There will be a number of important employment law developments in 2020.
National Minimum Wage Rate Increases
The National Living Wage is to rise by 6.2% in what the Government says is “the biggest cash increase ever”. The rise is more than four times the rate of inflation.
The Government will increase the National Living Wage (NLW), which applies to workers aged 25 and over, from £8.21 per hour to £8.72 from 1st April 2020.
At the same time, the National Minimum Wage (NMW) rates will be increased as follows:
- from £7.70 to £8.20 to per hour for 21 to 24 year olds;
- from £6.15 to £6.45 per hour for 18 to 20 year olds;
- from £4.35 to £4.55 per hour for 16 & 17 year olds; and
- from £3.90 to £4.15 per hour for apprentices;
If you provide some form of staff housing as part of the contractual arrangements, then the daily accommodation offset will apply. It has not been announced whether it will change from the current rate of £7.55 per day.
The rates for Statutory Redundancy Pay, Statutory Guarantee Pay, Lower and Upper Earning Levels and Tribunal Awards are not yet announced; we will send an update as soon as the new rates are published. They are expected in March.
Increased Statutory Rates
The weekly rate for Statutory Sick Pay is expected to increase from £94.25 to £95.85 from 6th April 2020.
The current weekly rate of Statutory Maternity Pay is £148.68 or 90% of the employee’s average weekly earnings if this figure is less than the statutory rate. This rate is rising to £151.20 from 5th April 2020.
Also on 5th April 2020, the rates of Statutory Paternity Pay, Statutory Adoption Pay and Statutory Shared Parental Pay will also go up from £148.68 to £151.20 (or 90% of the employee’s average weekly earnings if this is less than the statutory rate).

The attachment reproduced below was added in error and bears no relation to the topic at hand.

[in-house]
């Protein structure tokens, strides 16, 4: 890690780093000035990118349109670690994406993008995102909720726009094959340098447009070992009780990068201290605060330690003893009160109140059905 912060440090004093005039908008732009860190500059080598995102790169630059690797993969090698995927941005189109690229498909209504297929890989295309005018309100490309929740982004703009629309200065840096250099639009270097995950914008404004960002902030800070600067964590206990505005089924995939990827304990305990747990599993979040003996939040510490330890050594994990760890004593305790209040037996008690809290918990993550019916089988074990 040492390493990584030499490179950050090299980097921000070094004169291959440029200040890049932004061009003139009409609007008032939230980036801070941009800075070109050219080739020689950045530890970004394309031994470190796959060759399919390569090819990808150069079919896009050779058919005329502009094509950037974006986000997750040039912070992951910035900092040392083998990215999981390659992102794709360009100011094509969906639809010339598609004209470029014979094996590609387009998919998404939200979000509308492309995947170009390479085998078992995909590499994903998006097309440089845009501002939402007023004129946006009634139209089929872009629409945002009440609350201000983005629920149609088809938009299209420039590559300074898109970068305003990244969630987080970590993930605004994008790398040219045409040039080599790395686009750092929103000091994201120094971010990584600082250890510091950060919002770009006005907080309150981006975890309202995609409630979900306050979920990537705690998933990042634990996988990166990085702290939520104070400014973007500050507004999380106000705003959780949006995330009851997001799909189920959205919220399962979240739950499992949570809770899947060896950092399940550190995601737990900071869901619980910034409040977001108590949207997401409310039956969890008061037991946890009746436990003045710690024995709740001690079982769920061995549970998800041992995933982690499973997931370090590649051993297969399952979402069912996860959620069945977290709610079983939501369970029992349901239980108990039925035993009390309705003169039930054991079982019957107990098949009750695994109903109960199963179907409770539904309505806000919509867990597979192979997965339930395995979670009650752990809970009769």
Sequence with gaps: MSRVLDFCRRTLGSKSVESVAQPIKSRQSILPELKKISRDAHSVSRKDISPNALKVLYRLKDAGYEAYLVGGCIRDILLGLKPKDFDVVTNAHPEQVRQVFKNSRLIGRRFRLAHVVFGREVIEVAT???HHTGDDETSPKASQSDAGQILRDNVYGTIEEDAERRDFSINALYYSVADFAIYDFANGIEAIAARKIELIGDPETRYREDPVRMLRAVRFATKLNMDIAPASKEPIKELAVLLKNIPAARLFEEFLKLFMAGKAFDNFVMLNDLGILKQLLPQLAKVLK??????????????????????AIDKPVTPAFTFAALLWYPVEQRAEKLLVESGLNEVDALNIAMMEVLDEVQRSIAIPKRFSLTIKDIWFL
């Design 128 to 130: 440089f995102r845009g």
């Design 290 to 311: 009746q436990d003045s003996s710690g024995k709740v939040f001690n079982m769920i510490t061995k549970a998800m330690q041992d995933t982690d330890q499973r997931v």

Statement of Main Terms (Contracts of Employment)
As part of the provisions of the Good Work Plan, these will become a day one right for both employees and workers from 6th April 2020. Previously, employers have had two months in which to provide this to their employees, meaning that they will need to have the document ready straightaway going forward. Contracts will also need to contain additional details, which are outlined below:
- the terms and conditions relating to work will extend to cover terms relating to normal hours of work, days of the week the worker will be required to work and whether these days/hours may vary;
- terms relating to other forms of paid leave, such as family-friendly leave;
- details of other employee benefits, not just those relating to pay, such as benefits in kind or financial benefits;
- terms about probation periods, including those relating to length & conditions;
- details of training provision and requirements;
Failure to provide a statement, or where a statement is provided which does not contain the required information, could lead to the employee making a reference to a Tribunal to determine their terms of employment. Additionally, an employee may receive compensation for a failure to be provided with a statement where they win an alternative claim at the Employment Tribunal. We have been advising our clients to do this for many years because it avoids uncertainty. We recommend that it is sent along with your Handbook, with the offer letter, so avoiding slip ups on day one, and also because it looks professional. Therefore, if you are not currently issuing contracts and Handbooks prior to employment, this will now need to be part of the day one induction process.
Extension of the Holiday Pay Reference Period
As part of another provision of the Good Work Plan, the holiday pay reference period, which is used to calculate the average pay of those who work irregular/ variable hours, will be extended from 12 to 52 weeks from 6th April 2020. The aim of this development is to provide a fairer approach to holiday pay when workers are working flexible hours. It will be important for employers to keep track of employees’ working time throughout the year, including overtime, to ensure they are correctly remunerated whilst on annual leave. This may make it easier for some employers to calculate out average holiday pay, especially where pay varies seasonally. It is believed that the change is to the default position of 12 weeks, so we are not recommending any change until the law is clarified.